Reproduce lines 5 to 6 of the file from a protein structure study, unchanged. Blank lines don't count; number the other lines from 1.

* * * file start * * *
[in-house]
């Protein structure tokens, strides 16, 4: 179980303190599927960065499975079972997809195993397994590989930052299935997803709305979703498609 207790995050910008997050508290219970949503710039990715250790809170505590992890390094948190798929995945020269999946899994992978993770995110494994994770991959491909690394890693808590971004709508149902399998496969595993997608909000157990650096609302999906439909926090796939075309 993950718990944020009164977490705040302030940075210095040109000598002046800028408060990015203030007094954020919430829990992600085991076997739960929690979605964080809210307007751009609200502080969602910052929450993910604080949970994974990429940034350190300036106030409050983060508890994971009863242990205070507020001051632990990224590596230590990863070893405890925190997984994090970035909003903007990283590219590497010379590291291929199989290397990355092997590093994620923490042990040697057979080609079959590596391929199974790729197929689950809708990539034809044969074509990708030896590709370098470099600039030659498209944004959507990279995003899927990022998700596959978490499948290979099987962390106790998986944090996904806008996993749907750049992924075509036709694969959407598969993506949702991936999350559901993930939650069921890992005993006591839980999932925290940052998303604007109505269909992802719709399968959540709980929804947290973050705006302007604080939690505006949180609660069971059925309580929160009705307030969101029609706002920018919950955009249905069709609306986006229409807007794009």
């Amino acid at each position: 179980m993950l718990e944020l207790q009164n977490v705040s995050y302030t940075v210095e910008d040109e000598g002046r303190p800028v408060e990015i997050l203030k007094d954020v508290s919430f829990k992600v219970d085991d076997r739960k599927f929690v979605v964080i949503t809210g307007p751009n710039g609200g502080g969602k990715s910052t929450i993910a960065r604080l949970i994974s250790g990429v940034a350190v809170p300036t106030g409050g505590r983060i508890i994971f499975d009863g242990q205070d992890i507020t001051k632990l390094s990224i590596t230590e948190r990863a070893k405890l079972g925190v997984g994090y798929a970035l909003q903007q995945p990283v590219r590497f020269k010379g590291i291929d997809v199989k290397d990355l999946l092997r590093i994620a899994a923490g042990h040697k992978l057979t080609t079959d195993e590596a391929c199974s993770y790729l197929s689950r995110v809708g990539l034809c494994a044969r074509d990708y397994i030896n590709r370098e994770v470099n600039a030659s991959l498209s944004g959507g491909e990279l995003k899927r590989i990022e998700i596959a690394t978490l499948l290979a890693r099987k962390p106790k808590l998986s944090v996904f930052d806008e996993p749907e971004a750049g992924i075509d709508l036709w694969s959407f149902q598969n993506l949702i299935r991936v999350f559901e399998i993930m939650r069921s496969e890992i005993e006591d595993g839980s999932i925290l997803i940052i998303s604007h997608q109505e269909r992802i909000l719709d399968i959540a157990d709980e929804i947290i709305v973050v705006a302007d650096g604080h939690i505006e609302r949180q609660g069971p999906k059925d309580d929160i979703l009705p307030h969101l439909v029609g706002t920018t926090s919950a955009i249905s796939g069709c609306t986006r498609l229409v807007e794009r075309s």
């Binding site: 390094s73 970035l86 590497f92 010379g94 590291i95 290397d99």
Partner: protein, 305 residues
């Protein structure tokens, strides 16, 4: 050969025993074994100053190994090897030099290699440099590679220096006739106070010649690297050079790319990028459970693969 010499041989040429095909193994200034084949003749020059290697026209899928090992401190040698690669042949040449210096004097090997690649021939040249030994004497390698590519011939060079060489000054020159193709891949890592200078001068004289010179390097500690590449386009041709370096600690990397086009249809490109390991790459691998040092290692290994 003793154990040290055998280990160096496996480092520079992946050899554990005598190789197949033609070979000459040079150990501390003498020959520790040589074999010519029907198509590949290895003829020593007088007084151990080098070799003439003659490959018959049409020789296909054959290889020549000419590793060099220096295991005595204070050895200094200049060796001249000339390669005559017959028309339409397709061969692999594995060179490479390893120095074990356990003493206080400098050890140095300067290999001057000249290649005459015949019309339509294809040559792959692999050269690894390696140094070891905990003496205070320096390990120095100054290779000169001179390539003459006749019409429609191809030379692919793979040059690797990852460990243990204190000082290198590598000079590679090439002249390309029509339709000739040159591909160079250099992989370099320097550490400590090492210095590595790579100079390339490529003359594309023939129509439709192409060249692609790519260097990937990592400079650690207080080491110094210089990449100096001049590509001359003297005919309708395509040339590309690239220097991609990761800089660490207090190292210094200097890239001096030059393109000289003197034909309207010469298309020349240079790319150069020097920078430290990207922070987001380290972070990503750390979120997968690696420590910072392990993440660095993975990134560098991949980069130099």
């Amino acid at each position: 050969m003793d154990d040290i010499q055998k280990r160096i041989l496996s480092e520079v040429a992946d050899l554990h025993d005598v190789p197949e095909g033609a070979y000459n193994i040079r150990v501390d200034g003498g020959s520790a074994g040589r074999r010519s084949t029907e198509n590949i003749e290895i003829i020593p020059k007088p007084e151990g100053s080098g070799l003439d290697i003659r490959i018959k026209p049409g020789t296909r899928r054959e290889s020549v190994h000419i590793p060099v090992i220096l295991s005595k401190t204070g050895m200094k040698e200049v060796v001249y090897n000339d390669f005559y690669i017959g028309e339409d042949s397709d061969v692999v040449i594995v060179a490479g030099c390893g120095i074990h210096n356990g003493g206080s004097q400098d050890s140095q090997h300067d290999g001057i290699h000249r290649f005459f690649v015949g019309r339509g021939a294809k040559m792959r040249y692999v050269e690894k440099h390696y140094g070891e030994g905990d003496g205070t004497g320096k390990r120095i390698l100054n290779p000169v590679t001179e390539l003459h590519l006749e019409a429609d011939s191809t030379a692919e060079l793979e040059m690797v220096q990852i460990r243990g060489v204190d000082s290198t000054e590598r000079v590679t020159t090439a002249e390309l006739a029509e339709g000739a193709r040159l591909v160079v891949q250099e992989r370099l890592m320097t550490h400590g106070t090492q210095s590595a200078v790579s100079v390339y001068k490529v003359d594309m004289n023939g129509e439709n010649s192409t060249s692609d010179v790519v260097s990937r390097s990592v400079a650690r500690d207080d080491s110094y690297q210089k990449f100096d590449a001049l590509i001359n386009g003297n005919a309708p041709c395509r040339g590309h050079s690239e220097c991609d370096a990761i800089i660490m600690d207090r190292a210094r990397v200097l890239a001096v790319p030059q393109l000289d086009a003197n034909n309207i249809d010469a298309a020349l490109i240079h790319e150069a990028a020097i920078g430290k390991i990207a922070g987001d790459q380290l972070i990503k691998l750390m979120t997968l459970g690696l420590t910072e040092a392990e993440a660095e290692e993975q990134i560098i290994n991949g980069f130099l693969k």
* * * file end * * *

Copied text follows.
Partner: protein, 305 residues
């Protein structure tokens, strides 16, 4: 050969025993074994100053190994090897030099290699440099590679220096006739106070010649690297050079790319990028459970693969 010499041989040429095909193994200034084949003749020059290697026209899928090992401190040698690669042949040449210096004097090997690649021939040249030994004497390698590519011939060079060489000054020159193709891949890592200078001068004289010179390097500690590449386009041709370096600690990397086009249809490109390991790459691998040092290692290994 003793154990040290055998280990160096496996480092520079992946050899554990005598190789197949033609070979000459040079150990501390003498020959520790040589074999010519029907198509590949290895003829020593007088007084151990080098070799003439003659490959018959049409020789296909054959290889020549000419590793060099220096295991005595204070050895200094200049060796001249000339390669005559017959028309339409397709061969692999594995060179490479390893120095074990356990003493206080400098050890140095300067290999001057000249290649005459015949019309339509294809040559792959692999050269690894390696140094070891905990003496205070320096390990120095100054290779000169001179390539003459006749019409429609191809030379692919793979040059690797990852460990243990204190000082290198590598000079590679090439002249390309029509339709000739040159591909160079250099992989370099320097550490400590090492210095590595790579100079390339490529003359594309023939129509439709192409060249692609790519260097990937990592400079650690207080080491110094210089990449100096001049590509001359003297005919309708395509040339590309690239220097991609990761800089660490207090190292210094200097890239001096030059393109000289003197034909309207010469298309020349240079790319150069020097920078430290990207922070987001380290972070990503750390979120997968690696420590910072392990993440660095993975990134560098991949980069130099």